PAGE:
Mark Burnett can't get over Victor Wembanyama. Well, he could, but it would be like taking a knife to the “Mona Lisa”.
Burnett, a San Antonio Spurs superfan, had Joe Barajas, a well-known local barber, shave Wembanyama's likeness to the side of his head just over a week ago. He, like nearly everyone in world basketball, expected the Spurs to pick the No. 1 Wembanyama. 1 overall in the NBA draft on Thursday.
“I wanted to show Victor something special that the city of San Antonio loves,” Burnett said at a draft night party at the Spurs' home arena, moments before San Antonio did pick Wembanyama, who had already shared a photo of Burnett on his Instagram account.
fanatic? Possible. But it also makes perfect sense, and not just because of the big promise of Wembanyama, the 19-year-old French basketball star. As San Antonio's only major professional sports franchise, the Spurs are the heart of the seventh largest city in the United States.
“I want to do the best I can in every aspect of the job,” Wembanyama said during his introductory press conference on Saturday in San Antonio. “The fans have been the best at their job. I can only hope to be at their level.”
However, that magic had recently been lost in River City. The Spurs haven't been to the playoffs in the last four seasons; they have done so every year since 1997, winning five championships. A dismal 2022-23 campaign, in which they tied the worst record in the Western Conference, provided a silver lining: tied for the best chance of receiving the No. 1 pick. Now they have Wembanyama.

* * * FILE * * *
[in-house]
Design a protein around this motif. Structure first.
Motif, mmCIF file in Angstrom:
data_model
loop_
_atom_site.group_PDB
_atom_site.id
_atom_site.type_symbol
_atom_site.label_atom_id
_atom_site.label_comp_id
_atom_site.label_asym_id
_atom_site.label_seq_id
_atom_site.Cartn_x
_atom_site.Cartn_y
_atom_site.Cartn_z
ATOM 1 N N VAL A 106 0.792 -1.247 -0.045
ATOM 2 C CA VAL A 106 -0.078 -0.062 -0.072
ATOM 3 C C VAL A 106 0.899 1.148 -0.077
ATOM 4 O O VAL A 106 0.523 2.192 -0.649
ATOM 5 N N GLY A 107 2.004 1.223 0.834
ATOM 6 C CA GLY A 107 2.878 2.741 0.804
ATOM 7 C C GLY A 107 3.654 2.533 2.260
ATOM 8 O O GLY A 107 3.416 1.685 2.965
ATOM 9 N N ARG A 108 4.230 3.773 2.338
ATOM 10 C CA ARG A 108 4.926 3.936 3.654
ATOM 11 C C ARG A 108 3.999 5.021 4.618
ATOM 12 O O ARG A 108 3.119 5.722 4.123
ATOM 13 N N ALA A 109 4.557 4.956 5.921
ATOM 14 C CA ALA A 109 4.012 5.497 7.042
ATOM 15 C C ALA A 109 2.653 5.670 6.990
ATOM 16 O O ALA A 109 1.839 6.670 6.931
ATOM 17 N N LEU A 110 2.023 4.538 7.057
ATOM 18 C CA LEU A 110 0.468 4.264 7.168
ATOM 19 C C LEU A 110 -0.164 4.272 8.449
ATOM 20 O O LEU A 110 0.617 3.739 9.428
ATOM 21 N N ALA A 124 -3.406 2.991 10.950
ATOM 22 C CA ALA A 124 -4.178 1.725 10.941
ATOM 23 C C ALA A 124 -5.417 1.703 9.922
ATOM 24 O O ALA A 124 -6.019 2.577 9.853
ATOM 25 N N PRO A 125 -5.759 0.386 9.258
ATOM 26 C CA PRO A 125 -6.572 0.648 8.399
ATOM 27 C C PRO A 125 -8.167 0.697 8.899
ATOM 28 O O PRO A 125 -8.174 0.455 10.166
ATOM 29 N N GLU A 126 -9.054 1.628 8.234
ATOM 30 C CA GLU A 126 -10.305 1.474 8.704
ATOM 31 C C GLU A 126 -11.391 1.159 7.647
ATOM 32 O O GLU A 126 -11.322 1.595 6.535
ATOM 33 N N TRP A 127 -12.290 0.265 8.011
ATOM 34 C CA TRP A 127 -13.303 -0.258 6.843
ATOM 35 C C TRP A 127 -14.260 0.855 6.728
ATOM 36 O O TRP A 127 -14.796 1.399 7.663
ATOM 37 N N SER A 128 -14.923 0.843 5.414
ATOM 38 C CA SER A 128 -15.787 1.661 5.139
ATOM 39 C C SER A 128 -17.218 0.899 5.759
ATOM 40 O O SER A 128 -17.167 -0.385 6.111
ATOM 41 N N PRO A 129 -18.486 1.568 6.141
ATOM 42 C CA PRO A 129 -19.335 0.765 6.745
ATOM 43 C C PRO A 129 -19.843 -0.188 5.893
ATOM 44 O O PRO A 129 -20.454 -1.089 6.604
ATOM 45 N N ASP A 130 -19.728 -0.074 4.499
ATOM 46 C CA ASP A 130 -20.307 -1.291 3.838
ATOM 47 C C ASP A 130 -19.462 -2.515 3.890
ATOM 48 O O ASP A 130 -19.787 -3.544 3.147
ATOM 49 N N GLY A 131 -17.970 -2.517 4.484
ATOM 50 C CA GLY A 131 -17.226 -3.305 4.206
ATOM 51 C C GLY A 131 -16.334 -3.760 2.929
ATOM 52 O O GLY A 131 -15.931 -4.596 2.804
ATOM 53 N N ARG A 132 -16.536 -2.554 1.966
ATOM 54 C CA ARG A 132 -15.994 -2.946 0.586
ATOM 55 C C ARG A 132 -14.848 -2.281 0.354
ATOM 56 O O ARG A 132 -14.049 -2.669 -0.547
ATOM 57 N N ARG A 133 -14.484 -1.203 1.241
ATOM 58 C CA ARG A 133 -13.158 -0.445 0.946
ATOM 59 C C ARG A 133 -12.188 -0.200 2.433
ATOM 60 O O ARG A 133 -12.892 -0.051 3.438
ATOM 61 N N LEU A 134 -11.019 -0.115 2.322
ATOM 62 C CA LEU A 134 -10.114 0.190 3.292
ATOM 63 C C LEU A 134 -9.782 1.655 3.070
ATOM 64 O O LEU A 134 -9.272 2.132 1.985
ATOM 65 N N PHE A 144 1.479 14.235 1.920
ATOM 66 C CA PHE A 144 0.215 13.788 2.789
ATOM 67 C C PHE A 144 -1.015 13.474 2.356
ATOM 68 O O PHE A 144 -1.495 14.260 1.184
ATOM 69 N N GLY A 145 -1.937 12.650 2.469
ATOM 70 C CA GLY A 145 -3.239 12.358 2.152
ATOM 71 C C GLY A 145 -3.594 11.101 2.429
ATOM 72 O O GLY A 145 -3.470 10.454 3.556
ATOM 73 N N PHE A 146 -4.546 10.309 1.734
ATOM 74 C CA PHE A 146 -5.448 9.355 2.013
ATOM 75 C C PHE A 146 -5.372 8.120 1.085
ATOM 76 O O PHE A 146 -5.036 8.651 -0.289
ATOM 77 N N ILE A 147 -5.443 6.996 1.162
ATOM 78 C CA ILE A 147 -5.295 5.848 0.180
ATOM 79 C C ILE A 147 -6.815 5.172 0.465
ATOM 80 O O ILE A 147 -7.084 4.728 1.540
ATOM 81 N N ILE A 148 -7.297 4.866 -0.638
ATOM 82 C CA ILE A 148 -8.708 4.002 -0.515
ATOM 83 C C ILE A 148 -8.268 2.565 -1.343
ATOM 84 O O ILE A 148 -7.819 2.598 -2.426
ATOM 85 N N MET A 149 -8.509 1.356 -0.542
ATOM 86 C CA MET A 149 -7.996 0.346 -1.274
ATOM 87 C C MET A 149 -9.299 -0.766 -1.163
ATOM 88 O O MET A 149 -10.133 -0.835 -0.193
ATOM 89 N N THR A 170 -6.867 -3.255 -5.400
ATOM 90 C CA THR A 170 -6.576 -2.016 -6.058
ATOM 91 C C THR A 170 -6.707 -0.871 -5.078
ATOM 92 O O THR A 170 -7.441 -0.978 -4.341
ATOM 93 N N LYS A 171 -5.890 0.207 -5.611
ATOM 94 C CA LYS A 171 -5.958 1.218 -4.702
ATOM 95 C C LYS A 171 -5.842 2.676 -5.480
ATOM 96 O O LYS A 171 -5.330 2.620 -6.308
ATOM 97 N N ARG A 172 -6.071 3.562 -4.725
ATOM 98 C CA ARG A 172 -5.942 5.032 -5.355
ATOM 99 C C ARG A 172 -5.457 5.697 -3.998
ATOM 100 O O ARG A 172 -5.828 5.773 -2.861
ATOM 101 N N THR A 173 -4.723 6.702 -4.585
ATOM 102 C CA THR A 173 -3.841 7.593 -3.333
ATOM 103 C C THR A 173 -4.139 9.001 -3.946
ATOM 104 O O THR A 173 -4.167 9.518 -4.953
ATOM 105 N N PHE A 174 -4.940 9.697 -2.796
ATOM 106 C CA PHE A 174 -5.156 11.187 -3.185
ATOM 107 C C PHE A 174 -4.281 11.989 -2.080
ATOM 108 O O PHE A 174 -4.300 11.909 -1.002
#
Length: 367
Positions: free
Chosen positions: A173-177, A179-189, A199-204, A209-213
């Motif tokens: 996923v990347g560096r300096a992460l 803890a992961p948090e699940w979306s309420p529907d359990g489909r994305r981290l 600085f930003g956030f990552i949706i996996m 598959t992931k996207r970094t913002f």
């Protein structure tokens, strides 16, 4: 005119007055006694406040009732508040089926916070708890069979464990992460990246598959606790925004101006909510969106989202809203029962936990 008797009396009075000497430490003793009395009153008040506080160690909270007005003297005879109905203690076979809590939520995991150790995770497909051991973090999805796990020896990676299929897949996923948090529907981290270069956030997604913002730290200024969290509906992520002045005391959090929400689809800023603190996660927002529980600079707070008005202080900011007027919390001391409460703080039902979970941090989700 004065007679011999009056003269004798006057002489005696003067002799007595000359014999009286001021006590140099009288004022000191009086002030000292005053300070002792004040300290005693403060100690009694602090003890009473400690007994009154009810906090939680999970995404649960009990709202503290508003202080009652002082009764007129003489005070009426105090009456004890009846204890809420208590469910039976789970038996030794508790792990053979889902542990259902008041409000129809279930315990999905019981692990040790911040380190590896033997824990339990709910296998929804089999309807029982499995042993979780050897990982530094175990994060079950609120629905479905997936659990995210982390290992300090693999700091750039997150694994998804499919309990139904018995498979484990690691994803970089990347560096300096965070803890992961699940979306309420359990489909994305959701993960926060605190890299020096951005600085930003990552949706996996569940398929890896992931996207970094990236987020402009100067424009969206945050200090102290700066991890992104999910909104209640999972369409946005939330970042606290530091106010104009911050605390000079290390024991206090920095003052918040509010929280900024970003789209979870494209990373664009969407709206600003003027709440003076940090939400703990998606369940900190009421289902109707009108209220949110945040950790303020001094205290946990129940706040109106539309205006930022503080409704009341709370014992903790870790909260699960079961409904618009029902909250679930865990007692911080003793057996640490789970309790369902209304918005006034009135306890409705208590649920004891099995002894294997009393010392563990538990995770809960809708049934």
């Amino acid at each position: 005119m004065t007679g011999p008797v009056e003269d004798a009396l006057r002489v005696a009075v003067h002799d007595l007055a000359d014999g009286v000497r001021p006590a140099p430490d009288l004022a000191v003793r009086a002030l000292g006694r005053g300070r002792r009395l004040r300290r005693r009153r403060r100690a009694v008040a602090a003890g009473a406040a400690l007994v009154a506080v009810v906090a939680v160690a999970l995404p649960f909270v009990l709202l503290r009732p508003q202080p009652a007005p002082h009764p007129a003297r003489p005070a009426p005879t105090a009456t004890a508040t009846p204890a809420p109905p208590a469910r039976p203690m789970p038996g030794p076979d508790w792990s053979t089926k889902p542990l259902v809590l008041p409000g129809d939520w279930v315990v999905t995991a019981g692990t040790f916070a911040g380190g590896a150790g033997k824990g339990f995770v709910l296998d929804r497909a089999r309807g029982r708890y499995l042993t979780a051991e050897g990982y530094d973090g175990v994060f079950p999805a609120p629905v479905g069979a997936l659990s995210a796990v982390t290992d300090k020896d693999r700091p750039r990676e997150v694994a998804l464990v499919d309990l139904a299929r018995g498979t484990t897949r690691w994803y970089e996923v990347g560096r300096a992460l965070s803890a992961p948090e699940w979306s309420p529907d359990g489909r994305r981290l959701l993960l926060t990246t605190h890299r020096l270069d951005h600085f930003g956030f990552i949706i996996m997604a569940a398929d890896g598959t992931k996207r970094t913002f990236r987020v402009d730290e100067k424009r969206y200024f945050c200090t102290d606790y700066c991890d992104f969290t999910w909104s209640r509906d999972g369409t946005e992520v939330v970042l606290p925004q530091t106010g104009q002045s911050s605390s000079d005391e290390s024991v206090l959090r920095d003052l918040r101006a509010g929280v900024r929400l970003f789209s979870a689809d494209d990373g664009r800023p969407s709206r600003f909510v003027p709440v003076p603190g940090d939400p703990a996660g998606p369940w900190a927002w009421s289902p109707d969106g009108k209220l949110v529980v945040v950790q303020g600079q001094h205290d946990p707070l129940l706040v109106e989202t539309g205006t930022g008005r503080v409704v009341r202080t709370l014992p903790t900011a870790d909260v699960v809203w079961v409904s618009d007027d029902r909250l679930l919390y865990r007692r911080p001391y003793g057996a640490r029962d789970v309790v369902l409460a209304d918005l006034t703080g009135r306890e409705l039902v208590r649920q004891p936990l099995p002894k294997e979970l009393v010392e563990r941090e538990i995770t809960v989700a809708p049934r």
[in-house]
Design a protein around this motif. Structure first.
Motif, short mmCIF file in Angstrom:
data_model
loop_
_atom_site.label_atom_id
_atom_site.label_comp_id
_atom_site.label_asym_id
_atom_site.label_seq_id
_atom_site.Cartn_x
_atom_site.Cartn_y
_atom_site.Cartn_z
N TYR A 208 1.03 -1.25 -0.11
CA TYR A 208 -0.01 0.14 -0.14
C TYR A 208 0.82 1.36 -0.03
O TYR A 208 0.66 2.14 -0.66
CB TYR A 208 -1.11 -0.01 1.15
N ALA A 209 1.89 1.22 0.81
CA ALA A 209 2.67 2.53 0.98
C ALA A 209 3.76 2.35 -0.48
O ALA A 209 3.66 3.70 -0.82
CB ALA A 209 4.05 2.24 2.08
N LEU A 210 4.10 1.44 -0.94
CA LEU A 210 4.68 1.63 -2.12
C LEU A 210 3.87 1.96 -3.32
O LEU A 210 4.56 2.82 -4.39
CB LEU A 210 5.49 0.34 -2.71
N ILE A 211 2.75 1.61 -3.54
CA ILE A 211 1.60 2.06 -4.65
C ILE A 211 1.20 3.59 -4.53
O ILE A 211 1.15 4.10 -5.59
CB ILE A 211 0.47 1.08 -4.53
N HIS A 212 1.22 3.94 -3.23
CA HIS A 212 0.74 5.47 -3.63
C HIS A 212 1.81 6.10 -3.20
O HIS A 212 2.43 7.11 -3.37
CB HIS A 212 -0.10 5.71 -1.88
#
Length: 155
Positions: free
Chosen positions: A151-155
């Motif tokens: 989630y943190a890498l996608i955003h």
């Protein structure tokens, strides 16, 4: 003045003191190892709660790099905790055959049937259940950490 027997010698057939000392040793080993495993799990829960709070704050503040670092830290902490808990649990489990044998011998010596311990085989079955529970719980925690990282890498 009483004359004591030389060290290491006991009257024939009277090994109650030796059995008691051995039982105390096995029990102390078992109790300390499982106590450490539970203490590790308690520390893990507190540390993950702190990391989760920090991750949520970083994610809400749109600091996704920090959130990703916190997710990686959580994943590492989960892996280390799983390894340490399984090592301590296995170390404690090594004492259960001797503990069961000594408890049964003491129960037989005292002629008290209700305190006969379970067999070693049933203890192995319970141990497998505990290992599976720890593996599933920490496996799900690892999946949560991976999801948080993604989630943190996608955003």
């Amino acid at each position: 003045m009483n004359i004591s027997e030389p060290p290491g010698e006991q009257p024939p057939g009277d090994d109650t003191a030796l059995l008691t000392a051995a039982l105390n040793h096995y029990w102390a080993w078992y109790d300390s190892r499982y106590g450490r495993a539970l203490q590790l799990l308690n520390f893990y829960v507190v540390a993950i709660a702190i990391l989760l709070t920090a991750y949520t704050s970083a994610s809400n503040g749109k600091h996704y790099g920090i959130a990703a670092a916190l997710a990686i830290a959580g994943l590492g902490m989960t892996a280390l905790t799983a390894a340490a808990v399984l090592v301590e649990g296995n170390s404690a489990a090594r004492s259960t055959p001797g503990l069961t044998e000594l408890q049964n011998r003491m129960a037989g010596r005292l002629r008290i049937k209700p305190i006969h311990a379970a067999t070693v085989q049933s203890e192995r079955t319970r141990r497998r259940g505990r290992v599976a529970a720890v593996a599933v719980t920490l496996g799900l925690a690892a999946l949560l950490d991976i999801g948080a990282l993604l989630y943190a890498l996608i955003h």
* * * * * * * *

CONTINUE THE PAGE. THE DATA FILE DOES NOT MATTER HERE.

“It's going to be a big boost for the economy,” said Aaron Peña, who owns two bars in San Antonio and plans to open again in two weeks. “We've planned to host not only the opening night party, but every Spurs game. It's going to be a party.”
For some business owners, the party has already started. Chip Ingram owns Roo Pub, an Australian-themed bar inspired by Patty Mills, the former Spurs guard from Australia. Ingram got a big crowd at his pub on May 16 after he announced that if the Spurs won the draft draw that night, he would take the tab. The night may have cost a lot of money, as the Spurs won, but Ingram said the highlights made it more than worth it.
Ingram has spruced up its menu with a “Wemby Burger” that includes foie gras and French onion strings. After a $1 promotion deal on draft night, the burger now costs $21.50 – a nod to Spurs legend Tim Duncan, who wore No. 21, and David Robinson, who wore No. 50. They are also the No. 1 pick.
Economic research casts doubt on the potential strength of the Wembanyama effect in San Antonio. A 2017 papers of Harvard University's Daniel Shoag and Stan Veuger of the American Enterprise Institute found that LeBron James' return to Cleveland in 2014 increased the number of restaurants and other places to eat and drink close to the Cavaliers arena. But that wasn't the case in Miami when James joined the Heat in 2010, though he has had a significant impact on work close to arenas in both cities. Economist been arguing for a long time that professional sports franchises and their stadiums not much help local economy.
“I think people are going to go into the Spurs no matter what, but it brings a lot more attention to San Antonio,” said Julián Castro, a former mayor of San Antonio who was also President Barack's secretary of housing and urban development. Obama. “It gives the city a boost in terms of how much it is in the national spotlight. It raises the city's profile and visibility with people, and that's always good for business.”